January is nearing the end and I feel like I did ok with my new year plans. I’m curious, so please share how you fared with your January goals—but I know some people are vehemently against making resolutions. Generally, I do what I feel like doing, and I don’t judge myself too harshly if I don’t make it.
Translation: rules are for other people.
Resolutions and goals can be really painful for personality types who can’t stand failure or who need to be in the right. (I’m talking to you, Enneagram Ones. I think if you’re an Eight you don’t make a rule, you just do it in your strength.) Don’t read condescension into my tone; it isn’t there. Some people need to be that way and it benefits us as a society that they are.
What do these numbers mean? Keep reading.
Some of you may have had unpleasant experiences with personality tests, including the Enneagram. I heard a horror story about a small church that did the Enneagram together and the only thing to come of it was pinpointing each person’s fatal flaw or sin, and regularly commenting on it.
While I agree with the argument against personality tests that they can stifle growth (I can’t change, this is who I am) I found validation and freedom in discovering my Enneagram number. And the Enneagram is specifically not for excuse or blame. More of a self assessment during stress and unhealthy seasons.
I’m type four in the feeling triad, the Individualist. When I was growing up I often felt different from others, unique in a way that I didn’t fit and never would. I often heard that I seemed to separate myself and I think it stemmed from feeling other and wanting what I felt inside acknowledged. Authenticity and meaningful connection are the most important things to me. I can be “so dramatic” because I feel things keenly but don’t mind feeling them or sitting in powerful emotions, even negative ones. This helps me sit with others in pain, and my intuition helps me encourage them to be authentic because I value it so much. When I am under stress, I’ll display some of the unhealthy attributes of twos, The Helper. Meaning I’ll keep offering to fix something in your world—but it might be obnoxious help, self harming or manipulative.
A close friend who introduced me to it read aloud sections of Personality Types while giving me space to discover/decide what resonated. The experience was better than an Enneagram Coach could be because I knew and trusted her. I since read a few books. Personality Types by Don Riso and Russ Hudson and The Road Back to You by Ian Cron & Susan Stabile. I participated in a class with the Road Back to You study guide and took the Exploring You and Discovering You courses on YourEnneagramCoach.com. Currently, I’m working through a devotional with my prayer partners that highlights a specific viewpoint for each of the nine types every week. Hearing God Speak by Eve Annunziato and Jackie Brewster has been my favorite resource so far.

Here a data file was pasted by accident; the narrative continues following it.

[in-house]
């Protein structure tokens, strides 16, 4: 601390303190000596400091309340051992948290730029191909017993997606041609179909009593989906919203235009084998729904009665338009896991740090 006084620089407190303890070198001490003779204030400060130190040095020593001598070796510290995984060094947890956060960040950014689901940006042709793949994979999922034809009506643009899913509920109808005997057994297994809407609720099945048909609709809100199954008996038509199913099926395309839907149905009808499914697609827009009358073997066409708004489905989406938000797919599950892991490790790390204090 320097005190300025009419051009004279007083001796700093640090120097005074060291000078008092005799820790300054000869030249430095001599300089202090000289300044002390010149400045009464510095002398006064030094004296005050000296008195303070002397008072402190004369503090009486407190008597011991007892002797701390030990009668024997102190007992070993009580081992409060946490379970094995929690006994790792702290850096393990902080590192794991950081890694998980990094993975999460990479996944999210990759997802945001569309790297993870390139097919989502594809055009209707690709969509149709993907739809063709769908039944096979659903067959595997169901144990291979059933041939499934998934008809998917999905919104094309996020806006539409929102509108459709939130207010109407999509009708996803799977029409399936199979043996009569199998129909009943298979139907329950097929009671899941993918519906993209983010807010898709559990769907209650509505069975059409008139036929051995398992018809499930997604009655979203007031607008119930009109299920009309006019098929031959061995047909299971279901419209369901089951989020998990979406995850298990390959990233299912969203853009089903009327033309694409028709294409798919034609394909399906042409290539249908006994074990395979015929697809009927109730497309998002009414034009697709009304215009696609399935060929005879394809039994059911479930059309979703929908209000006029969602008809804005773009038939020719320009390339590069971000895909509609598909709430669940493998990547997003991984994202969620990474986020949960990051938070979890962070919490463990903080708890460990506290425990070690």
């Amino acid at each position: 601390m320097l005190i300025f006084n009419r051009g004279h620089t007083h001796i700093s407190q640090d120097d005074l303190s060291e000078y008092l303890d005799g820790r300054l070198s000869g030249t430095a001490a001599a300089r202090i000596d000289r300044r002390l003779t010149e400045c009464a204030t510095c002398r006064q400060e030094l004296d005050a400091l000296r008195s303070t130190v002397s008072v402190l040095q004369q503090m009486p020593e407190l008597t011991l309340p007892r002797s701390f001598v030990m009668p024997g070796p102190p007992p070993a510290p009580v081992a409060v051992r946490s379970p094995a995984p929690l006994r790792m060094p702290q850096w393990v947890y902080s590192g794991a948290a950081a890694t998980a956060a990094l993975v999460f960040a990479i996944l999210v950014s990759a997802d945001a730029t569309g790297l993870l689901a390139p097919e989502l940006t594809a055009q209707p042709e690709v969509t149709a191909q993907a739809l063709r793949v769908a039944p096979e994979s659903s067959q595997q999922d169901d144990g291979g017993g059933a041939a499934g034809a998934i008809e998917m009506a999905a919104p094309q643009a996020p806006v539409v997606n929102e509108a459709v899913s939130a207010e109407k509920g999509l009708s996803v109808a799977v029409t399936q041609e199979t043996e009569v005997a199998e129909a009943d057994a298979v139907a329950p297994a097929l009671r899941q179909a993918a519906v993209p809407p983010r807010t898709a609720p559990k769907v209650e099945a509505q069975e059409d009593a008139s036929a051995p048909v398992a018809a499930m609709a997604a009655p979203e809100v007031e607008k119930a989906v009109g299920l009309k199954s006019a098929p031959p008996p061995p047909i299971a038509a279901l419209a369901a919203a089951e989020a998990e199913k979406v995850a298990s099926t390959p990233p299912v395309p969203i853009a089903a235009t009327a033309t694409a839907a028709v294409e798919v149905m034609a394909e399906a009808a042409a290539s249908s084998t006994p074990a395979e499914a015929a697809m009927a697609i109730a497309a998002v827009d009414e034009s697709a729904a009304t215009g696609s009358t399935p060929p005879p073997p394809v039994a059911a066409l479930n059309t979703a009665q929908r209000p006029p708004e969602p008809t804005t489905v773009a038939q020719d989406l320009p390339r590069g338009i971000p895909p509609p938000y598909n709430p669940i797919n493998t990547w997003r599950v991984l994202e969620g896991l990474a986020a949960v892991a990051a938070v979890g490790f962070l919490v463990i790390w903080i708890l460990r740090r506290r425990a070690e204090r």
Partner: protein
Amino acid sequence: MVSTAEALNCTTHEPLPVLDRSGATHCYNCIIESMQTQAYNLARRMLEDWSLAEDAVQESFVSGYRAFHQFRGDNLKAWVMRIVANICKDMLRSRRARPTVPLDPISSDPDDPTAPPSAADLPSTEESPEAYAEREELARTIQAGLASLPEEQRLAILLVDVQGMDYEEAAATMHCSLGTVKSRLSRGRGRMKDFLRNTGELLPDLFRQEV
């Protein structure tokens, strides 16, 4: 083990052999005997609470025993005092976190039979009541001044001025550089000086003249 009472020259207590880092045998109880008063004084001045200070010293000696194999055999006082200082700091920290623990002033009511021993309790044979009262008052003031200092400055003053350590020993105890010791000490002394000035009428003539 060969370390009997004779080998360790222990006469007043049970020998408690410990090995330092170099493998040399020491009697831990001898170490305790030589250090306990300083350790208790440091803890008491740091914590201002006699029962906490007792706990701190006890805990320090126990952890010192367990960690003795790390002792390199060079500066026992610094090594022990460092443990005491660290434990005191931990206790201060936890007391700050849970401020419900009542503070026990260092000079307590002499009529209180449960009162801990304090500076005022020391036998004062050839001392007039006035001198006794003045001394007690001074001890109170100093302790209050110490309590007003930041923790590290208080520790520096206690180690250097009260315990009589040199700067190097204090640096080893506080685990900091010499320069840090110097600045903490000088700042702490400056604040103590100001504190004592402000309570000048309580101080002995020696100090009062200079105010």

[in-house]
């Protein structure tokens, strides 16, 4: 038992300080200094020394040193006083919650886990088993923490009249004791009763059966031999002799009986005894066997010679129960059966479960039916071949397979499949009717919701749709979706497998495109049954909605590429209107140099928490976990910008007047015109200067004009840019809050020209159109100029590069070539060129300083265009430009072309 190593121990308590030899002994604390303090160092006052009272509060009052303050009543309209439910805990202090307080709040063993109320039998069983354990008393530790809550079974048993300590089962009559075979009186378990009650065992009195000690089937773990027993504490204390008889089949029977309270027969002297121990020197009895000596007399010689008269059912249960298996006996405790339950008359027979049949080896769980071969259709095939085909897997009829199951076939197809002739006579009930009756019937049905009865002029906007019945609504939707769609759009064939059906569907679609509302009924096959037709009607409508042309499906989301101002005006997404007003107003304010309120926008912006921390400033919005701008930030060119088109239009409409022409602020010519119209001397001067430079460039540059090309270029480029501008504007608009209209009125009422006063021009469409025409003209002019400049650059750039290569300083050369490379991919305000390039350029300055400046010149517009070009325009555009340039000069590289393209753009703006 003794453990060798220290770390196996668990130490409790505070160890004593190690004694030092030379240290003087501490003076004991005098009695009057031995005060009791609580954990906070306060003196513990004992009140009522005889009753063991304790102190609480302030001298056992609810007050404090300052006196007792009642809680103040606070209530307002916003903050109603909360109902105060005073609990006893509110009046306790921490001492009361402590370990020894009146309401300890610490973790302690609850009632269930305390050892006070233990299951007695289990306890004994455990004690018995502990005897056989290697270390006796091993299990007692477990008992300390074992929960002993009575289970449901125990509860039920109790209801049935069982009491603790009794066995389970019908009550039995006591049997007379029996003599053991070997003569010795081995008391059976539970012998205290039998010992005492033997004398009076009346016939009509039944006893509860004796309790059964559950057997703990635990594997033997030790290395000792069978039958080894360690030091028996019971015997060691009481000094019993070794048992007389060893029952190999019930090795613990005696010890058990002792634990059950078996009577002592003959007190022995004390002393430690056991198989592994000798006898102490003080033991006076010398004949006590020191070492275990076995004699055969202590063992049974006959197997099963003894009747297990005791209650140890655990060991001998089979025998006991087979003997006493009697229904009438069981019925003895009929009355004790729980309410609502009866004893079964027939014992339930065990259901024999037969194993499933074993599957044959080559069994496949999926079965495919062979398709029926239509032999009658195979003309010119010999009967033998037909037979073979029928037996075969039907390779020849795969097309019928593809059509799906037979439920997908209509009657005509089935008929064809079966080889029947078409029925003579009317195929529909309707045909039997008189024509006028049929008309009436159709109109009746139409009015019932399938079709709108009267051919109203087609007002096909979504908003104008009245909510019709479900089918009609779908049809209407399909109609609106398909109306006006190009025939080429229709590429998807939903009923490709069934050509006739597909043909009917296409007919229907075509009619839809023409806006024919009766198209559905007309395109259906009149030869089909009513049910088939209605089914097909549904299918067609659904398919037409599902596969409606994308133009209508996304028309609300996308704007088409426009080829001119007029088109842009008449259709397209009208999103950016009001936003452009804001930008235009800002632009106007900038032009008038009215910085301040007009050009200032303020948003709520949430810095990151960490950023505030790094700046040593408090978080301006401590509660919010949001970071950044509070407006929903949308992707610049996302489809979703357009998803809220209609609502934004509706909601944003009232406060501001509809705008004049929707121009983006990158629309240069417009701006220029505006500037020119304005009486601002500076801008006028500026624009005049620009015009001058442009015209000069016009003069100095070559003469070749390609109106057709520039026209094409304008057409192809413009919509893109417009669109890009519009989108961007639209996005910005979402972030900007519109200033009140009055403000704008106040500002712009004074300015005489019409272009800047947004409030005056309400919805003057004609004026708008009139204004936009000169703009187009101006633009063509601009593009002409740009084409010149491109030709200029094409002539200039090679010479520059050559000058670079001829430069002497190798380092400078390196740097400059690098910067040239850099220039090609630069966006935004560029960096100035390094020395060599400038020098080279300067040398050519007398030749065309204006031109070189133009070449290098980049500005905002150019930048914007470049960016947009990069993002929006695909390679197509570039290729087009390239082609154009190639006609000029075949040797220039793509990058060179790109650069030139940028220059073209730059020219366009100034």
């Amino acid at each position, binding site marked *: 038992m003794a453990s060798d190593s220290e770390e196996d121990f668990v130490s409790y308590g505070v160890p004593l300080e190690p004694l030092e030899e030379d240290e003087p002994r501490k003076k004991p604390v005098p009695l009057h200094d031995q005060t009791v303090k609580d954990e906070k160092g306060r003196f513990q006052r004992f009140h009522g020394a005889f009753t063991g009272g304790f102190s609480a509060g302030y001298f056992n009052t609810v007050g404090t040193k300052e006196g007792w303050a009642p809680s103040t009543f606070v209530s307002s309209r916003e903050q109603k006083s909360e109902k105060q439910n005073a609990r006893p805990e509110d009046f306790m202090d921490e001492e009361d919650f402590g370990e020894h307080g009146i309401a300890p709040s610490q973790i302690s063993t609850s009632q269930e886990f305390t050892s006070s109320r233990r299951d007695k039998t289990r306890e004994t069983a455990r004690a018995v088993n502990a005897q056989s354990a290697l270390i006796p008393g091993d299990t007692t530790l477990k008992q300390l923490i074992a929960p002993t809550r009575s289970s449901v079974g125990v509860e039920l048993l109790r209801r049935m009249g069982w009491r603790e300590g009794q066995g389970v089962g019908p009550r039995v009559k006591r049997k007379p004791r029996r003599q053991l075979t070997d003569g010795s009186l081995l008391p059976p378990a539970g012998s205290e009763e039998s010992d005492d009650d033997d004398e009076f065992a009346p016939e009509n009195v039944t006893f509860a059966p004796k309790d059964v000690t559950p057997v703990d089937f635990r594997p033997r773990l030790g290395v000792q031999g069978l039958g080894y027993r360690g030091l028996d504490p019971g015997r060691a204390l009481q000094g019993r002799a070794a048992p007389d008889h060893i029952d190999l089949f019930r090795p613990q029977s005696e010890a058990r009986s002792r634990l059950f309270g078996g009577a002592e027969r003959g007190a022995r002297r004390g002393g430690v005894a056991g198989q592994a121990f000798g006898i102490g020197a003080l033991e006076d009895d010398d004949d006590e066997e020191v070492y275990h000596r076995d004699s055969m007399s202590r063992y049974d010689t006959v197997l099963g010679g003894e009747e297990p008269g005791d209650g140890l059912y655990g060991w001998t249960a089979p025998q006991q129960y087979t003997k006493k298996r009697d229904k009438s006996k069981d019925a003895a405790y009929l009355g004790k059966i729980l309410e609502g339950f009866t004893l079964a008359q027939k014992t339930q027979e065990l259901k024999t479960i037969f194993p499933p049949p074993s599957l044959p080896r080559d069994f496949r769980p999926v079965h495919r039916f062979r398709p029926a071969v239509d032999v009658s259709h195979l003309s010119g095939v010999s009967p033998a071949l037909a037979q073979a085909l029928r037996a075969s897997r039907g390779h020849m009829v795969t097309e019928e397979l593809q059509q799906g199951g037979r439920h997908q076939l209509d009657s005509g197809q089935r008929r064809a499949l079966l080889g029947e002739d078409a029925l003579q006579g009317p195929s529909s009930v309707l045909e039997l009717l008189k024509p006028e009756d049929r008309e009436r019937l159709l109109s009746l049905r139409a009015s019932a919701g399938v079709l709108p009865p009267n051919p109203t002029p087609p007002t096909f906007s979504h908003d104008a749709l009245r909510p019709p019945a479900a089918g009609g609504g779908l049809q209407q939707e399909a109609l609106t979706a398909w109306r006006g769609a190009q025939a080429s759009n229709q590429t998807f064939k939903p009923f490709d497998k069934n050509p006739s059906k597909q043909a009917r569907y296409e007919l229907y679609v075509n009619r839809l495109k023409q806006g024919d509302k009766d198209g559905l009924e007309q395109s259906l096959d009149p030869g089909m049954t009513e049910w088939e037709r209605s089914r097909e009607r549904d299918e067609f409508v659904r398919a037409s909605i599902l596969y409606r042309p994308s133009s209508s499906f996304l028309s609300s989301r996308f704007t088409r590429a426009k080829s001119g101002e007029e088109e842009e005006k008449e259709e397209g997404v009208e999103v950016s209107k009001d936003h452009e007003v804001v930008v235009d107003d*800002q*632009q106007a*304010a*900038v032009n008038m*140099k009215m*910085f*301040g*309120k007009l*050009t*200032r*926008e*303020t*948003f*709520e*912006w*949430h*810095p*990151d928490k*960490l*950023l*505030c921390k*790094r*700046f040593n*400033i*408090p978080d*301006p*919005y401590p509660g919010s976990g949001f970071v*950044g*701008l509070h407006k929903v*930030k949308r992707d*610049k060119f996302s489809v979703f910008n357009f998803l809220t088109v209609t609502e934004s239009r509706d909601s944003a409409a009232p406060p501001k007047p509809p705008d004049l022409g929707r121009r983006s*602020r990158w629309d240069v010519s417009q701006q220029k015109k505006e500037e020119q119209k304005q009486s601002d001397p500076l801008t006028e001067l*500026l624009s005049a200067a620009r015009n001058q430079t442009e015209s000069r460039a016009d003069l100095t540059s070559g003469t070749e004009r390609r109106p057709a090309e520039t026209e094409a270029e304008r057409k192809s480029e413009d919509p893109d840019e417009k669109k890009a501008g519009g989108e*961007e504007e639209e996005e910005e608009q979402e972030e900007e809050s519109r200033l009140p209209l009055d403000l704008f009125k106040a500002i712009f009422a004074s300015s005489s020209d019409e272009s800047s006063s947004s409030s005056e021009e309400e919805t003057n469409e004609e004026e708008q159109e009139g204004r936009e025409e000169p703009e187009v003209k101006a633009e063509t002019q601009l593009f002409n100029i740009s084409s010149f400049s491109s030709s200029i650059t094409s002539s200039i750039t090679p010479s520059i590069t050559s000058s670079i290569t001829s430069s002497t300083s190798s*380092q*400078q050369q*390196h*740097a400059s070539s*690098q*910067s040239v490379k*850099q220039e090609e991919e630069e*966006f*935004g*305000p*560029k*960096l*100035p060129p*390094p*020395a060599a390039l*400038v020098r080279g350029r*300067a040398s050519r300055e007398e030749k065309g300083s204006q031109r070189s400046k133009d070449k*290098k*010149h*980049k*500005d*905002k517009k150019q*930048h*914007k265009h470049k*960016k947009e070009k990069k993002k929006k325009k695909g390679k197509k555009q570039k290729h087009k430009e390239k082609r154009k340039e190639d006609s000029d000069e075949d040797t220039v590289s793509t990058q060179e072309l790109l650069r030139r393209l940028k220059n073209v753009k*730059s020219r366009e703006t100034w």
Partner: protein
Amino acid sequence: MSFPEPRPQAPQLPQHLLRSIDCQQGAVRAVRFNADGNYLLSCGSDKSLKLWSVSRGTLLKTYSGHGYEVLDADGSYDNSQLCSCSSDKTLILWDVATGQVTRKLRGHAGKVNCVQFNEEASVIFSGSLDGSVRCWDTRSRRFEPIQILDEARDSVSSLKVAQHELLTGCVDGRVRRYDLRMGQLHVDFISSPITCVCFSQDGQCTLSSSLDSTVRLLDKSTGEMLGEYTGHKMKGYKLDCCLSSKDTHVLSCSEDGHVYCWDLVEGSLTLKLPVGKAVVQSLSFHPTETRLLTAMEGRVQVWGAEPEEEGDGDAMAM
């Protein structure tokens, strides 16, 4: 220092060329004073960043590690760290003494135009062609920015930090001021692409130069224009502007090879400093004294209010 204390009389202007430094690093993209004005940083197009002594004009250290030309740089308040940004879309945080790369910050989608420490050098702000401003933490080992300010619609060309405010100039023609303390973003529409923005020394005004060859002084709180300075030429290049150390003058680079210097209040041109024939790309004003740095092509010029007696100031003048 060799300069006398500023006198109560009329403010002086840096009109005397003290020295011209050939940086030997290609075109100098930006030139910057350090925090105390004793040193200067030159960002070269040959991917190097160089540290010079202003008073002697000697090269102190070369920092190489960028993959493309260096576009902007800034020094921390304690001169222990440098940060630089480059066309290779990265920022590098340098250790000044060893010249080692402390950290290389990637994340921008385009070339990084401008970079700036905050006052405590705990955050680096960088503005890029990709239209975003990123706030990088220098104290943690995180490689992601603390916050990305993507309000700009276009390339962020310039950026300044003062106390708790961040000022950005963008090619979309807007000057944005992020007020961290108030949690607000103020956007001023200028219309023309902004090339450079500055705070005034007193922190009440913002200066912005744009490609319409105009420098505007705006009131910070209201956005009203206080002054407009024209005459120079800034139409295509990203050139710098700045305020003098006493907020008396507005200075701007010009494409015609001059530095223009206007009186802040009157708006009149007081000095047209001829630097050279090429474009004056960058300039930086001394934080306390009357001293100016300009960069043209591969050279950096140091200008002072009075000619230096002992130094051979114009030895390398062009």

It’s phenomenal learning about my prayer partners and myself with the devotional, and has taken us deeper. I may assume personality numbers for some people in my life, but I can’t truly know their motivation. That’s another thing I like about the Enneagram: many numbers will have similarities, but what motivates you and how you act under stress defines your number.
The Enneagram is not born out of a think tank; it is much older and bigger than that. Christians did not design it, nor is it a Christian philosophy. There’s a long history which developed over time and influenced by many cultures. Aside from the book Personality Types, all the resources I shared above are a Christian take on the “community owned concept” of the Enneagram.
Recently, my daughter shared a list of reflections she wrote. They were like New Year’s mental health goals, something I will incorporate from now on. One of her questions was, “What is one thing you have learned in the past year that you would’ve liked to have known your entire life?”
It’s my Enneagram number and what that means. I would have liked to have known my personality and my needs were not wrong/defunct, and that neither were anyone else’s. Because I would have liked to validate the differences in my children when they were young instead of thinking they should conform.
I encourage you to explore it for yourself and share with me what number you are in the comments. I first recommend YourEnneagramCoach.com’s free assessment (newsletter sign up is automatic but you can cancel if you don’t like it.) If you are curious about the other numbers, I enjoyed their informal courses. I felt they encouraged me to see the beautiful niche each of us fills, that all numbers together reflect God when we are working toward health and community, and that embracing who we are is neither making excuses nor blaming.
Next level of interest, I would consider the Hearing God speak devotional because you’ll see over time which numbers most resonate. It gives you patience and empathy for the people in your life who think differently.
If you really want to dive in, I recommend the Personality Types book because it has history and more extensive details about each number, levels of health and wings. If you got nervous looking at the symbol and starting counting the sides to see if there were numerical warnings…I encourage you to read the history before you make assumptions.
I think being known yet still accepted is one of the greatest common desires of our human experience. The safest place to do that is to invite God to see our hearts, and realize we’re already fully known. The Enneagram helps me experience that.